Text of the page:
Once the richest New Zealander in the world, Taranaki-born investor Stephen Jennings thrives in financial-frontier lands.
After starting off as a free-market economist and a New Zealand Treasury official, Jennings worked for investment bank Credit Suisse First Boston. In 1992, at age 32, he arrived in Moscow, Russia, on a six-week assignment for Credit Suisse. He ended up staying 20 years in the country.
He co-founded Renaissance Capital in 1995, which became a multi-billion dollar business. But this was heavily affected by Russian economic difficulties, and then by the 2008 Global Financial Crisis.
Jennings sold his remaining shares in Renaissance Capital in 2012 and now focuses on Africa. He’s building seven satellite cities, under his new company Rendeavour, of which he is currently founder and chief executive.
You’ve been personally scoping out Africa since about the early 2000s. Why do you say Africa, for the next 30 years, is going to be a big opportunity? And what other markets do you think will become bigger that people should look into?
It’s a very fraught game, predicting economic growth 12 months ahead, let alone 20 or 30 years ahead. It seems to me that India and Sub-Saharan Africa will be two massive poles of economic growth. They’re both modernising economically.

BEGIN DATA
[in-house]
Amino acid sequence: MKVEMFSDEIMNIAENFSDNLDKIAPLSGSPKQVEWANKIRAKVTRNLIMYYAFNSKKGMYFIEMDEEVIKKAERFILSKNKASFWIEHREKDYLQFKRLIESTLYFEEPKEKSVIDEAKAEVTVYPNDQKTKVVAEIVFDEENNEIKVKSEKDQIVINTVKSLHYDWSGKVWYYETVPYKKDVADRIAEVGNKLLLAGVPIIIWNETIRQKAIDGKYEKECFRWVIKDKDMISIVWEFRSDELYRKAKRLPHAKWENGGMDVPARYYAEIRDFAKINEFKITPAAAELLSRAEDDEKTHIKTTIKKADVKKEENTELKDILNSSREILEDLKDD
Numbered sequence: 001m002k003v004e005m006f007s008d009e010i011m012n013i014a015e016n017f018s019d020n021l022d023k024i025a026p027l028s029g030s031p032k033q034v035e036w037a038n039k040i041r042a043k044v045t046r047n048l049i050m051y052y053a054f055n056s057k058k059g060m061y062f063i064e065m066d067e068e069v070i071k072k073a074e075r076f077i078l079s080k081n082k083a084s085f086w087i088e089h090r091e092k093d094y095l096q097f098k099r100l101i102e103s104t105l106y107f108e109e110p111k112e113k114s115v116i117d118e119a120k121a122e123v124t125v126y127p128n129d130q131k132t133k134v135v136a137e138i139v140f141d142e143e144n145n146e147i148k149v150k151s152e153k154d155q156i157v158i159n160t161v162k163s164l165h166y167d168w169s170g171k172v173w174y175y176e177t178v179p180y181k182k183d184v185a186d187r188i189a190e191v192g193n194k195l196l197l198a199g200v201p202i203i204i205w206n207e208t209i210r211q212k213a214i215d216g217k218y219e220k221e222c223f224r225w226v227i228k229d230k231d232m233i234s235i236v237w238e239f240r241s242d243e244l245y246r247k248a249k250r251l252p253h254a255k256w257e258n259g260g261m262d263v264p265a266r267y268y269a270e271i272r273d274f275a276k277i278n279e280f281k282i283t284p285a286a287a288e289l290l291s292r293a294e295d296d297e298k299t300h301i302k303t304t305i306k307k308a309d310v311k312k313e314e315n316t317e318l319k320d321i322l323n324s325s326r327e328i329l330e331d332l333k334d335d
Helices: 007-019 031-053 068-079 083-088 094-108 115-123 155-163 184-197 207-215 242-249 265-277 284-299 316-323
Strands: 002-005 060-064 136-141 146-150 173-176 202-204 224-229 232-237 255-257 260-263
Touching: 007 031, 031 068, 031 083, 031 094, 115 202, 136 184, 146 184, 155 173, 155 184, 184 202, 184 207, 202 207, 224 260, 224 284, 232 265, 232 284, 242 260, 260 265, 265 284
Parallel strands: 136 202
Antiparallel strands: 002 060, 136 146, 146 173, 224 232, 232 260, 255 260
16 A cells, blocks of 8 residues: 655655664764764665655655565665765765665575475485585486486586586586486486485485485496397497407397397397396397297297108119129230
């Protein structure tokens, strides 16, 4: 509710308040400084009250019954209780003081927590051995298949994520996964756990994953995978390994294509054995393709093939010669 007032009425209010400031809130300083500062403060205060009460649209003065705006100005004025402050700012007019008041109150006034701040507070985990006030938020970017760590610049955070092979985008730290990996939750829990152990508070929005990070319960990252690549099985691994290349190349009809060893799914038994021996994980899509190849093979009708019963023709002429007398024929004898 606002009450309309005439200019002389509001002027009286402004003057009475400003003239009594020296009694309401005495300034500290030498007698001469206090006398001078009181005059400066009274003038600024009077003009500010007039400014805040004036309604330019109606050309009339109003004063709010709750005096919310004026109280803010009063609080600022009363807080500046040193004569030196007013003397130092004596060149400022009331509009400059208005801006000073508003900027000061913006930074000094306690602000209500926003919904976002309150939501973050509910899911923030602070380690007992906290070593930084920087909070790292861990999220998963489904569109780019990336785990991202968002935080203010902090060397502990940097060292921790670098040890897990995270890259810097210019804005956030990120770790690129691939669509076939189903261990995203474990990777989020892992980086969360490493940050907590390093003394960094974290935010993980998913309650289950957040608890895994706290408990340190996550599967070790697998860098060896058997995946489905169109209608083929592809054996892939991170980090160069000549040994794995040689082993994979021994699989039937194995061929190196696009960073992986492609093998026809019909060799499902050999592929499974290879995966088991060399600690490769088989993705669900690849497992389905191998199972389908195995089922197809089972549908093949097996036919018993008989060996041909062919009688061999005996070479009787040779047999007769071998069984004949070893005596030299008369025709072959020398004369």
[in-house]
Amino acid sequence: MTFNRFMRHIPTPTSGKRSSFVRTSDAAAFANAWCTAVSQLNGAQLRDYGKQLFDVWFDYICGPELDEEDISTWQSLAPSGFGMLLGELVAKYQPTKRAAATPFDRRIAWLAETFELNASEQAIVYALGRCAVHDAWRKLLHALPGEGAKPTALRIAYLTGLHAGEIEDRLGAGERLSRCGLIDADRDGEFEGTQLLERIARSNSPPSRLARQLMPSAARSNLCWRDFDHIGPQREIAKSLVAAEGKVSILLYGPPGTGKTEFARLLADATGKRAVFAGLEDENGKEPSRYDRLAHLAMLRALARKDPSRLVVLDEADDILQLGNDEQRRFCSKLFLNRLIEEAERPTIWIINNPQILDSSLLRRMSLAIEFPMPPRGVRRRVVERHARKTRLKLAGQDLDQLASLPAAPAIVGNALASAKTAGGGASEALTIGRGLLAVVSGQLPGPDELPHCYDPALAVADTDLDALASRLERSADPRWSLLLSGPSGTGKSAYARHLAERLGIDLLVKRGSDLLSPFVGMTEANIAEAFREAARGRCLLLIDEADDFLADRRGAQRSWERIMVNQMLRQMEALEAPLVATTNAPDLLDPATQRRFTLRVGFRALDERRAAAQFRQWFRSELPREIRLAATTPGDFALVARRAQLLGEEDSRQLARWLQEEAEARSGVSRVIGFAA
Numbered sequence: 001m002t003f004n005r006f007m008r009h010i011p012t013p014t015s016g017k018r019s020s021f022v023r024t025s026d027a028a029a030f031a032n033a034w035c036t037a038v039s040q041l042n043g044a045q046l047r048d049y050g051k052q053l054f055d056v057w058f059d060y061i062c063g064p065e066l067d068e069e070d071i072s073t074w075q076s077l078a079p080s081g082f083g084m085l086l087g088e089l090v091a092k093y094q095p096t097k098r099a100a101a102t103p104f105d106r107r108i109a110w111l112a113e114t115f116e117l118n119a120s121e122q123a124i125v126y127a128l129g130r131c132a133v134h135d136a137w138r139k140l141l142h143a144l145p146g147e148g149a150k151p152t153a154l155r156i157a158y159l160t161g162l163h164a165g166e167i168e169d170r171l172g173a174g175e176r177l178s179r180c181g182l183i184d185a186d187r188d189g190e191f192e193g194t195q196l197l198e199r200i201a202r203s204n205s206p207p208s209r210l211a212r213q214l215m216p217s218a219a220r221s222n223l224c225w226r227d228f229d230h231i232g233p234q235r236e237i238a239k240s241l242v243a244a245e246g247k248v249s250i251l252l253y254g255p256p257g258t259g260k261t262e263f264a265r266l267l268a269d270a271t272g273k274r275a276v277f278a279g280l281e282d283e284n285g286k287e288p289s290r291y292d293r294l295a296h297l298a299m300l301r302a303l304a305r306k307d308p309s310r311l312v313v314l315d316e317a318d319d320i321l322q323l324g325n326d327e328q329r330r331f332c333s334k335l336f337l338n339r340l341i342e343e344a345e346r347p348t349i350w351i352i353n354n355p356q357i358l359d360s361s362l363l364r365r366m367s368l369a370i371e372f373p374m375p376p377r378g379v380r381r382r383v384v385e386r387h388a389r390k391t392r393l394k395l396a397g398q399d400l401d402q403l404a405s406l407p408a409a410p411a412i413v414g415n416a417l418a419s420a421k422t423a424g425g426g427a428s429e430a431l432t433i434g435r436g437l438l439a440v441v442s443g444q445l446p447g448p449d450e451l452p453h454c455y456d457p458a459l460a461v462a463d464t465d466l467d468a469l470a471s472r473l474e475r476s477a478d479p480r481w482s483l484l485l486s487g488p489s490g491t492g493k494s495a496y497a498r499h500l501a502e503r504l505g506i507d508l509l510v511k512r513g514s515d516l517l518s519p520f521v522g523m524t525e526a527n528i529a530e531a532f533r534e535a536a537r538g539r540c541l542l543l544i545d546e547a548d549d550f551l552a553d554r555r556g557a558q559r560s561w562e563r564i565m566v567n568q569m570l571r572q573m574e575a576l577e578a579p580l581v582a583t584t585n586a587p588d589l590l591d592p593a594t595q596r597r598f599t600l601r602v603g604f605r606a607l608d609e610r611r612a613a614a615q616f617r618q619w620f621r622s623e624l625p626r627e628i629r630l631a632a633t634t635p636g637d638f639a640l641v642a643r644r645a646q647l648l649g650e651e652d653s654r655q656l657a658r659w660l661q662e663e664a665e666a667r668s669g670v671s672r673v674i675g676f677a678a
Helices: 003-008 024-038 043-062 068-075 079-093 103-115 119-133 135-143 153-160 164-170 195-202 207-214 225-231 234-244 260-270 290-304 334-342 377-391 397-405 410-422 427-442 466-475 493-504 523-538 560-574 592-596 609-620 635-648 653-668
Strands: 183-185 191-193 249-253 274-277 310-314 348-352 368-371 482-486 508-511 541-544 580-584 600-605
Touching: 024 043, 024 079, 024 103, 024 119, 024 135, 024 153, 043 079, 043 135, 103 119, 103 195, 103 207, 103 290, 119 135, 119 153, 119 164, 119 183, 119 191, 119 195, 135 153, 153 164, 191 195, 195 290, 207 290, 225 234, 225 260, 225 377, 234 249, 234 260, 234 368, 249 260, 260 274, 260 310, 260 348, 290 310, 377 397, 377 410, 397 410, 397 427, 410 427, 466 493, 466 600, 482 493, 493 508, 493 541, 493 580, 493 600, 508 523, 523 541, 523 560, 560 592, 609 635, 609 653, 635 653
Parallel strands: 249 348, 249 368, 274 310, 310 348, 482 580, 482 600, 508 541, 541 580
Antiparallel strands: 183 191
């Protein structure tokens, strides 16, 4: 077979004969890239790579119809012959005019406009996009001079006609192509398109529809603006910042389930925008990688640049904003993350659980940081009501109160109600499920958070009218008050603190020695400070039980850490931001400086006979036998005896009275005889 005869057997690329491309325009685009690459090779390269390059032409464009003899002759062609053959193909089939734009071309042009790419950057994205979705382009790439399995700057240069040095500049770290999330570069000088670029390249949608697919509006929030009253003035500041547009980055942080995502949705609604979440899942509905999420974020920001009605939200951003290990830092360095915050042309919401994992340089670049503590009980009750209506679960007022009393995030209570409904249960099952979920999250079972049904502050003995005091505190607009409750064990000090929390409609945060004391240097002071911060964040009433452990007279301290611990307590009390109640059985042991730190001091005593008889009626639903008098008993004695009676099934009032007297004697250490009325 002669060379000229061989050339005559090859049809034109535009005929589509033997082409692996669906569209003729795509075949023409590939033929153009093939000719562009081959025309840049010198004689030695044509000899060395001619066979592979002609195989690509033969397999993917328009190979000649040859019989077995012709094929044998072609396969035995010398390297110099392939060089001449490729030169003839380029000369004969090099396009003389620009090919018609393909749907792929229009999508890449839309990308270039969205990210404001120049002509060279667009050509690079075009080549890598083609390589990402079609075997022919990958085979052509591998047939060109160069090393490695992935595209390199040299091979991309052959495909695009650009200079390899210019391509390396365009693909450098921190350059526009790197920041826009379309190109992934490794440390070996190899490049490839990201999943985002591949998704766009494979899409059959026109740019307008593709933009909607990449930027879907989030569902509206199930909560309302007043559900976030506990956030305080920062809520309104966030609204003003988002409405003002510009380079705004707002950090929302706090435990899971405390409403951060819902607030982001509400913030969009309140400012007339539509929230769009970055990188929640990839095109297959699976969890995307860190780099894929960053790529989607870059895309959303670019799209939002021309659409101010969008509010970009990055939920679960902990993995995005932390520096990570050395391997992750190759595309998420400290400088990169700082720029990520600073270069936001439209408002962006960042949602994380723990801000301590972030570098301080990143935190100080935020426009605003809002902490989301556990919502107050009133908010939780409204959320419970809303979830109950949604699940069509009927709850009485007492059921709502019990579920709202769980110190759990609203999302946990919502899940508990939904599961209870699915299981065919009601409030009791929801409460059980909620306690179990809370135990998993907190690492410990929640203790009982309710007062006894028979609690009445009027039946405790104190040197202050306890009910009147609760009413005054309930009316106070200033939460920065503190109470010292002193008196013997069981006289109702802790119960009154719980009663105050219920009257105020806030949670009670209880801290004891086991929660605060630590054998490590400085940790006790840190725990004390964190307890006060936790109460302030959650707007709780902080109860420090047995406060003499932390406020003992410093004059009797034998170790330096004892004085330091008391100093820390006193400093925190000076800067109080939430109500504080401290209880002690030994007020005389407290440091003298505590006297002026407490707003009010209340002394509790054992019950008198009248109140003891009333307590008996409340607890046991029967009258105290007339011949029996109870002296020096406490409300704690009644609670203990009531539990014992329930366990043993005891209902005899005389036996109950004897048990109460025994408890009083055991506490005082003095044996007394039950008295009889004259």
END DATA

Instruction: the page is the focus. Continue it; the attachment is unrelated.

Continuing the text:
It’s not force-fed economic growth like we’ve seen in China, where you’ve got non-sustainable and inefficient levels, and kinds, of investment. Perhaps, even more importantly, there’s a dynamic between economic modernisation and political modernisation, and increased pluralism. There’s a very good chance of a virtual cycle of economic change driving self-reinforcing political change in those regions. They’re very poor, so they have a lot of scope for catch-up.
You’ve spoken before about some of the opportunities New Zealand businesses are missing out on in Russia. When it comes to Africa, you were saying that we’ve missed a big opportunity there too. What specifically are we missing in terms of Africa?
We’re starting to see players in various areas of building materials. But the big opportunity really, I think, is around agriculture. The agricultural sector is going to be very big and, historically, was big in many of these African countries. Now that basic infrastructure is going back into place, there’s stability. Financial markets are starting to work.
We’ve seen a lot of growth and a lot of adoption of new technologies in agriculture. That’s clearly an area where New Zealand has a lot to offer, but it can only be offered by putting our people on the ground. There’s a very successful integrated avocado oil business in Kenya that started in New Zealand called Olivado. It’s fully integrated and distributes to about 25 countries.
You’re currently building seven satellite cities across Africa, with 121 square kilometres across Kenya, Ghana, Nigeria, Zambia, and the Democratic Republic of Congo. How did you get into urban development as an industry?
When I first went to Africa, we invested in a lot of different segments. For example, we built the investment bank across the continent. We were learning and we were on a steep learning curve. But gradually, we became very invested, very interested, in urban development. We started buying these big pieces of land, quite often way outside the major conurbations, with quite a vague idea of what we were going to do, to be honest.